One of several diseases I’d rather have than deal with some of the clients on the show “Love it or List It” on HGTV. Ever since I became fascinated (arguably obsessed) with tiny houses, small homes and generally sustainable living, I’ve been watching more and more DIY and home improvement shows both on the TV and online.
I don’t get a lot of free time anymore, so the precious few moments I get, I’d rather be entertained than infuriated.
In case you don’t know, HGTV is now showing a series that originated in Canada which shows a couple, which invariably needs additional work done on their home or they need to move out.
Hilary is the designer who takes on the “Love It” challenge in which she makes a remodel of a specific area and adds/removes as necessary (new bath, new bedroom, larger kitchen, repairs etc…). She’s always allocated an insufficient budget and insufficient time to get things done and “Drama” ensues as the clients become as warm and cuddly as a dung covered cactus when she has to relay bad news.
Here’s an important fact for all current and potential homeowners : Renovations are always more expensive than building new yourself. No exceptions. You can’t always guess at what problems you may come across (like electrical, plumbing, structural) and sometimes, you won’t know if something will work or not until the process begins. That’s the risk you take when you decide to make changes to existing structures.
In the episode I saw yesterday the client, who’s pregnant, rejected a house found by the realtor for the couple, David (the “List It” guy), partly because it has “too many bathrooms”.
I don’t have children, but I’ve taken care of enough kids to know YOU NEVER HAVE ENOUGH BATHROOMS! Add to this the lazy husband who was still ambivalent about the house that covered 99.998% of what they needed, plus had an unfinished basement (I.E. “Potential”, although they saw it as “Work”), because he was worried about painting one room. Yes, let’s ignore all the extra space they could possibly even rent and gain additional income. This need for space is of course arguable since it’s my view that most people are just prisoners to their belongings. Get rid of the extra junk and you’ll have more than enough space left.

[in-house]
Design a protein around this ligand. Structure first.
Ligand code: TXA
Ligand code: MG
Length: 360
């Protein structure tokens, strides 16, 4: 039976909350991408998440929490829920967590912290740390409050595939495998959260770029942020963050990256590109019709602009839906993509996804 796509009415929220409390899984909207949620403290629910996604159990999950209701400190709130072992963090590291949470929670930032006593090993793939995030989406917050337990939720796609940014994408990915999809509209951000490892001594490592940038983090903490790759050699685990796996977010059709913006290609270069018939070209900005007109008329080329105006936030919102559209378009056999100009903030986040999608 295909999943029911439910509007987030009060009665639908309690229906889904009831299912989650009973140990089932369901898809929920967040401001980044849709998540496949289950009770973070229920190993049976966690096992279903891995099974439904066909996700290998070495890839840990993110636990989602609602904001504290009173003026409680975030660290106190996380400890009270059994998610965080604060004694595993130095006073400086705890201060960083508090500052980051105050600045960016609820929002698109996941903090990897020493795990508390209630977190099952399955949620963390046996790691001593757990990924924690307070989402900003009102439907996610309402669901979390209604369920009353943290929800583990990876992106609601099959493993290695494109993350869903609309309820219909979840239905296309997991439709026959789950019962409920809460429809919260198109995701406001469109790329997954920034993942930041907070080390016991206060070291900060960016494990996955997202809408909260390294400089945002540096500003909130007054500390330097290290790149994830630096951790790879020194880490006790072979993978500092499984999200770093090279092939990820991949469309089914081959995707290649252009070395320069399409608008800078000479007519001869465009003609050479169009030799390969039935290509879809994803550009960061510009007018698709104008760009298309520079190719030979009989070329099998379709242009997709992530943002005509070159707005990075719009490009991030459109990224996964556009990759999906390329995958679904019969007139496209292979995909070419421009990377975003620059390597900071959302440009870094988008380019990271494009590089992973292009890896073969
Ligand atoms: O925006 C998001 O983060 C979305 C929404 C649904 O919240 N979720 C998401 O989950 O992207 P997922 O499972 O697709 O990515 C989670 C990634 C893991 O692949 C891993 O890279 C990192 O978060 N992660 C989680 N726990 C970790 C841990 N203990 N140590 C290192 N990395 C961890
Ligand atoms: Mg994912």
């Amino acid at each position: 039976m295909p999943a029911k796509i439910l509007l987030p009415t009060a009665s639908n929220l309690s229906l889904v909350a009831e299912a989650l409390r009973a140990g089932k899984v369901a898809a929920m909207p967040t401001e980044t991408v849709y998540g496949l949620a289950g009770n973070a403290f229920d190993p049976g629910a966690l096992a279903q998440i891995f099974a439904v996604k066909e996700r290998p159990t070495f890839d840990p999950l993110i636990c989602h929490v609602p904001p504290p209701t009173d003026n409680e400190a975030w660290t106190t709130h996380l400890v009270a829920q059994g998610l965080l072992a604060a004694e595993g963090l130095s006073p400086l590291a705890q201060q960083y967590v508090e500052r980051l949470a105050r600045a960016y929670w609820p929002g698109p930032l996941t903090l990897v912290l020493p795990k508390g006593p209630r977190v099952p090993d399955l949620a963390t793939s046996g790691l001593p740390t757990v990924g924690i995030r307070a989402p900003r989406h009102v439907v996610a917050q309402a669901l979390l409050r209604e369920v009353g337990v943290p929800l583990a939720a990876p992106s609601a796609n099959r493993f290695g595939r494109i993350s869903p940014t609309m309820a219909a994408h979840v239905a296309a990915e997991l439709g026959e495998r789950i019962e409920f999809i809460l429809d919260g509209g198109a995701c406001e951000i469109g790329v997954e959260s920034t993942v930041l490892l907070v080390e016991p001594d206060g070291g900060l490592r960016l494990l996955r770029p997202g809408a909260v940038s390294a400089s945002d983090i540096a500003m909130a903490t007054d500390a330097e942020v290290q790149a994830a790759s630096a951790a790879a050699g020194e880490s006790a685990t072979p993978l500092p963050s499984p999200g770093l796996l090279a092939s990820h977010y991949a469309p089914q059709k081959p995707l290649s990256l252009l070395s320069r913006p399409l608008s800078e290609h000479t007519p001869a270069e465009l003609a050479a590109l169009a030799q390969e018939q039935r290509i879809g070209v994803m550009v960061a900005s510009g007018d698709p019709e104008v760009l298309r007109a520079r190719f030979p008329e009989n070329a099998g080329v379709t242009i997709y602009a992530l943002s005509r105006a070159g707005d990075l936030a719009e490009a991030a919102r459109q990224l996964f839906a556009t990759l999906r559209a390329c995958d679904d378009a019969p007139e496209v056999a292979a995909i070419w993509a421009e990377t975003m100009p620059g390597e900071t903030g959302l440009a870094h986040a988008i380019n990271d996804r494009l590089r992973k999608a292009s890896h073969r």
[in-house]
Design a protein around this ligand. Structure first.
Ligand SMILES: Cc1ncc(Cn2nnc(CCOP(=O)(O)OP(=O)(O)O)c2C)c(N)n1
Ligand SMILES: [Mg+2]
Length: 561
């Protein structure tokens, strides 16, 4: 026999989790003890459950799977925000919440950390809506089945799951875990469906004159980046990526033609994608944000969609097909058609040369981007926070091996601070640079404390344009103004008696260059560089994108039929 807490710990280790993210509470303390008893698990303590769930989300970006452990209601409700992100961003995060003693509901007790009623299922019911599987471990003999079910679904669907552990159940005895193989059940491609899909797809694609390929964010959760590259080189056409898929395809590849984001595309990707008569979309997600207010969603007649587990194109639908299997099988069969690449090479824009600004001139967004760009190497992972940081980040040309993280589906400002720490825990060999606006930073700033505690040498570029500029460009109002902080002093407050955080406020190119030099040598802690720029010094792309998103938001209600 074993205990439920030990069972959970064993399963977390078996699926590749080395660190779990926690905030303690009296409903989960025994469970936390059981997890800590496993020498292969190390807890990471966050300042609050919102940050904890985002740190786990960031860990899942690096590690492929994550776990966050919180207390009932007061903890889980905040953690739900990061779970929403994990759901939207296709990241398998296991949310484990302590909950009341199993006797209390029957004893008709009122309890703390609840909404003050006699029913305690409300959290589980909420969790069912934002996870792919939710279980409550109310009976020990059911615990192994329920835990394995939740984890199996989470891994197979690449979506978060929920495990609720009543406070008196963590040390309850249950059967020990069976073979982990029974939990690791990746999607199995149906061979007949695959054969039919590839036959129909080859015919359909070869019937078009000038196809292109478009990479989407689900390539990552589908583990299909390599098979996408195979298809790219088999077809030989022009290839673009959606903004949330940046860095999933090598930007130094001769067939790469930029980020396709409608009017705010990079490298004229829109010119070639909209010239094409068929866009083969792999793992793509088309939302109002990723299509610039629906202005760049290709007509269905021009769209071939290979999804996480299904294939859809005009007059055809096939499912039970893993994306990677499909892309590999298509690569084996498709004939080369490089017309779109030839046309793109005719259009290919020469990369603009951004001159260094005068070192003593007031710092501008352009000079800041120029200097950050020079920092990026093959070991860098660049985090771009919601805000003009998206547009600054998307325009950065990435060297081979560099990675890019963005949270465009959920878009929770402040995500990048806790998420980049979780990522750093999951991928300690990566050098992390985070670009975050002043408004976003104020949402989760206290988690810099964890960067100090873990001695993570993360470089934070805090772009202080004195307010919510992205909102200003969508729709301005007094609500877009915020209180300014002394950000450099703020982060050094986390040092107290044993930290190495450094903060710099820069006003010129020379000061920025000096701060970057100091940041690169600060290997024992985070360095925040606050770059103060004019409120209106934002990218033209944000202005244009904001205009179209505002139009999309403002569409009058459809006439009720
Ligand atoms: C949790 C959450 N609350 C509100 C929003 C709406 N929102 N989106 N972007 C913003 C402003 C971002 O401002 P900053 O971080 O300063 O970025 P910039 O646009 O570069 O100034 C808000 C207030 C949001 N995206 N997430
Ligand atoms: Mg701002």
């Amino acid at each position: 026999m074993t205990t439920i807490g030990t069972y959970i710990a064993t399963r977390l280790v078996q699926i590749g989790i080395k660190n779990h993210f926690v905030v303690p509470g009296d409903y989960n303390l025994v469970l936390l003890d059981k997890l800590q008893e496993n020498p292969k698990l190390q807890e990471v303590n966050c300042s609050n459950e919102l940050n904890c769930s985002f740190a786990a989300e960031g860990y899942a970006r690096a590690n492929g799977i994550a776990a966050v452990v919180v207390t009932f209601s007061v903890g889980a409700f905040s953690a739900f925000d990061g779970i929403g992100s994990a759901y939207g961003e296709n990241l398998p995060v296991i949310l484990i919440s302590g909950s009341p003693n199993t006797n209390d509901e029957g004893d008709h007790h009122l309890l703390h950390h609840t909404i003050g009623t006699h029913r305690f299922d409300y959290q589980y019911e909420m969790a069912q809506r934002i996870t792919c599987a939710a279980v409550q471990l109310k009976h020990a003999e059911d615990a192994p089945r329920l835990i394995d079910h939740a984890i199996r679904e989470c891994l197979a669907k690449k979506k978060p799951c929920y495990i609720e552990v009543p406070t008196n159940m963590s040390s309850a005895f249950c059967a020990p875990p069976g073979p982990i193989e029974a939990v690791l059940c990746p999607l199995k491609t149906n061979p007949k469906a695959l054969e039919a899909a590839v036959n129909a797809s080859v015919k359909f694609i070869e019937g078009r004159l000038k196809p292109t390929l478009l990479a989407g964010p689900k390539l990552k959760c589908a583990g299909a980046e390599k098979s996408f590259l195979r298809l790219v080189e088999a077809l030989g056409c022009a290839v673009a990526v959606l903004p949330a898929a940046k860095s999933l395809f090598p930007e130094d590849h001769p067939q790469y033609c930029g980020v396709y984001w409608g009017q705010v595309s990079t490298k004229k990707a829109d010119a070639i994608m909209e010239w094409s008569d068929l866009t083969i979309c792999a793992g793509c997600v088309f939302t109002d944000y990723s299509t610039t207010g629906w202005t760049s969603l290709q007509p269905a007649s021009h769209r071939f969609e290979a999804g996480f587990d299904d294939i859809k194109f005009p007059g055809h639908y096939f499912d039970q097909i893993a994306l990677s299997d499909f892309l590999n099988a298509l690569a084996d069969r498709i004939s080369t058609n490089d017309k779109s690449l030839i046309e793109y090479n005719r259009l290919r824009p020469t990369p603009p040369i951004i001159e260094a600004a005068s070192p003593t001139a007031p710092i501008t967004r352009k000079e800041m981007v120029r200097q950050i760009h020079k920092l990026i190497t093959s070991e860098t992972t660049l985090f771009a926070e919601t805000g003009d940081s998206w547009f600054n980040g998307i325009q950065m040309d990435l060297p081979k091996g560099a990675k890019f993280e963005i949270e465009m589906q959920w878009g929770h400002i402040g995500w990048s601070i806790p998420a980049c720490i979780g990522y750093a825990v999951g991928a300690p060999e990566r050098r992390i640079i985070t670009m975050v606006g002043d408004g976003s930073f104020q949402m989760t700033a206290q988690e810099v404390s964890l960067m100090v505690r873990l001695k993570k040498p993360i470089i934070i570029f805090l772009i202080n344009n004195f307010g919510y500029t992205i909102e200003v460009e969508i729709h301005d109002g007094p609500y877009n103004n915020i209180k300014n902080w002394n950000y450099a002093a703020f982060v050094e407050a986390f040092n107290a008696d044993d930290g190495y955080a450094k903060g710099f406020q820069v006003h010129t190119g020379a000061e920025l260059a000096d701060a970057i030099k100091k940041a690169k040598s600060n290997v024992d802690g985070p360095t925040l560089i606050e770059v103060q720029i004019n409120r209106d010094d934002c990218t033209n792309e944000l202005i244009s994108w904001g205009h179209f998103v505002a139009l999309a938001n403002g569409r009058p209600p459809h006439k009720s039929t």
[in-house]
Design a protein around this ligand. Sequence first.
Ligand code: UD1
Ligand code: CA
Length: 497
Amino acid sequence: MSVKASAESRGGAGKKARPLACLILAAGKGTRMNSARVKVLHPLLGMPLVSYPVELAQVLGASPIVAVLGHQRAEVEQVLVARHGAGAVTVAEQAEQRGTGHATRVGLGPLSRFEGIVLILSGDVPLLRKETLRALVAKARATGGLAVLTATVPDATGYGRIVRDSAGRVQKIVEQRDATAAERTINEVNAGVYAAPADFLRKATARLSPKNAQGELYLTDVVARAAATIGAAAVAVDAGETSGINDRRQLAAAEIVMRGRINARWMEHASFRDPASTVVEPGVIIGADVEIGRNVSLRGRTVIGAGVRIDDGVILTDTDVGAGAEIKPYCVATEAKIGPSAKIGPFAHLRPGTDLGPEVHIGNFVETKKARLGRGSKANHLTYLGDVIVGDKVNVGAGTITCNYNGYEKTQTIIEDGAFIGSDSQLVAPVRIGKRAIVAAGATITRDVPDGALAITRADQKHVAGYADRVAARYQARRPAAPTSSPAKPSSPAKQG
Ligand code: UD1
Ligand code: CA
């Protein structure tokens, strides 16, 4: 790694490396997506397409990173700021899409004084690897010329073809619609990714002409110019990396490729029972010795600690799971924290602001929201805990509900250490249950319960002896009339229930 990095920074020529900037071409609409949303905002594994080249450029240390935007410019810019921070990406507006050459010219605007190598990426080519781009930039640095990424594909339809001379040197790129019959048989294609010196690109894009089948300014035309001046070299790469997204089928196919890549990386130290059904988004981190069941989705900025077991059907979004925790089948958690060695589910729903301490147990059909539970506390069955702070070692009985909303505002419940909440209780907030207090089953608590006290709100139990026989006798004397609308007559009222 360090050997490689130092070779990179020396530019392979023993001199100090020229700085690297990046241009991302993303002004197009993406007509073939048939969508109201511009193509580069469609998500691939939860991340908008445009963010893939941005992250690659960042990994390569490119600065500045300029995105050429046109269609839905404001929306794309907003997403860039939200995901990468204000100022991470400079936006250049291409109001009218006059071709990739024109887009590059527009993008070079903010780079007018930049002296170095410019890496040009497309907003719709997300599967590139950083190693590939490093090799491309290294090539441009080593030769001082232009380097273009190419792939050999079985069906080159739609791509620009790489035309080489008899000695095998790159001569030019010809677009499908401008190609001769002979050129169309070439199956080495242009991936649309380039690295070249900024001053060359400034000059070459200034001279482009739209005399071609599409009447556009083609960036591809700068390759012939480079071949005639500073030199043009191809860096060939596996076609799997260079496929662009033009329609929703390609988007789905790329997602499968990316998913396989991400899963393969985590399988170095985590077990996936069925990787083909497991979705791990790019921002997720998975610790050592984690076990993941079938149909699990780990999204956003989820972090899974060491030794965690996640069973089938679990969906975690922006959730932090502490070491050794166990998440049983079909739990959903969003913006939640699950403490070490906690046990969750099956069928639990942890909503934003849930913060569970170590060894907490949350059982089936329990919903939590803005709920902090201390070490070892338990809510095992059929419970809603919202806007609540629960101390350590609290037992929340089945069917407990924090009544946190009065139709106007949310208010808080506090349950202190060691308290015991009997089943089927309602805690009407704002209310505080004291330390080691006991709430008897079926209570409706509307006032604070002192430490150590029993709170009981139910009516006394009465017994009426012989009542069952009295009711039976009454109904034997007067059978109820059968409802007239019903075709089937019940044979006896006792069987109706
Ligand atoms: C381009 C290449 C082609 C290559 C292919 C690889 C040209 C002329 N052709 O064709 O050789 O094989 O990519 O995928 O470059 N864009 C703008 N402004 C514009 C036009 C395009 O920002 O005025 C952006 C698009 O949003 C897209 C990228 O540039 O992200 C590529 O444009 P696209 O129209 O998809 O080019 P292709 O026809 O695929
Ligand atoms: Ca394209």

“Hilary hasn’t put me into labor yet” is another comment the pregnant lady said earlier after the designer had to explain that walking on water and other miracles weren’t possible on the microscopic $15,000 remodel. Add to that mess, Monkey and Wrench, the main construction guys that somehow fail to communicate problems or potential problems to Hilary early on in almost every single episode. How are these two still employed?
Yet, somehow, Hilary was still able to pull off a spectacular reno and everyone is happy in the end, but the clients list the house for sale anyway. David’s find of a bigger house is just too much of an allure for the couple to give up.
This is the same formula that follows the show, but right now Hilary has the advantage with the number of “Love It” clients since she does have very good taste and seems to know what she’s doing. Here are a couple of examples of her work [Via].
A renovation of a bare attic
Pinnock Family renovation
Think of the show as a House Hunters with added renovations, except the clients are rude, condescending, acerbic or otherwise coached beforehand for the cameras to act that way.
Which brings me to House Hunters
I see a worrying trend even in this difficult economy where builders, architects and even content creators for TV networks are pushing the bigger is better agenda at the cost of more sensible alternatives. House Hunters take the cake when it comes to pushing this agenda. I wouldn’t have a problem if the clients featured on the show genuinely Hunted for Houses on camera, but…
You may rest assured that most of the people on that show, if not all, are just posing for footage after they’ve already bought the house.
The producers said they found our (true) story–that we were getting a bigger house and turning our other one into a rental–boring and overdone.
So instead they just wanted to emphasize how our home was too small and we needed a bigger one desperately. It wasn’t true, but it was a smaller house than the one we bought so I went with it.
And so, the “bigger space” fad continues to be fueled by the construction and realestate industry. I.E. Advertising. This is what a lot of people are already starting to realize when they turn to the tiny house movement. Comparatively few people really need the space they claim they do, unless they have large families or a boat-load rubbish they keep, but never use. Even fewer willingly spend to heat and cool spaces that are never occupied as far as quality of life is concerned (bragging rights don’t count).
Why spend a fortune to keep the furniture comfortable?
It’s not the space you have; it’s how you use it. And unhappy people tend to still be dissatisfied with the roof they currently have over their head without legitimate reason.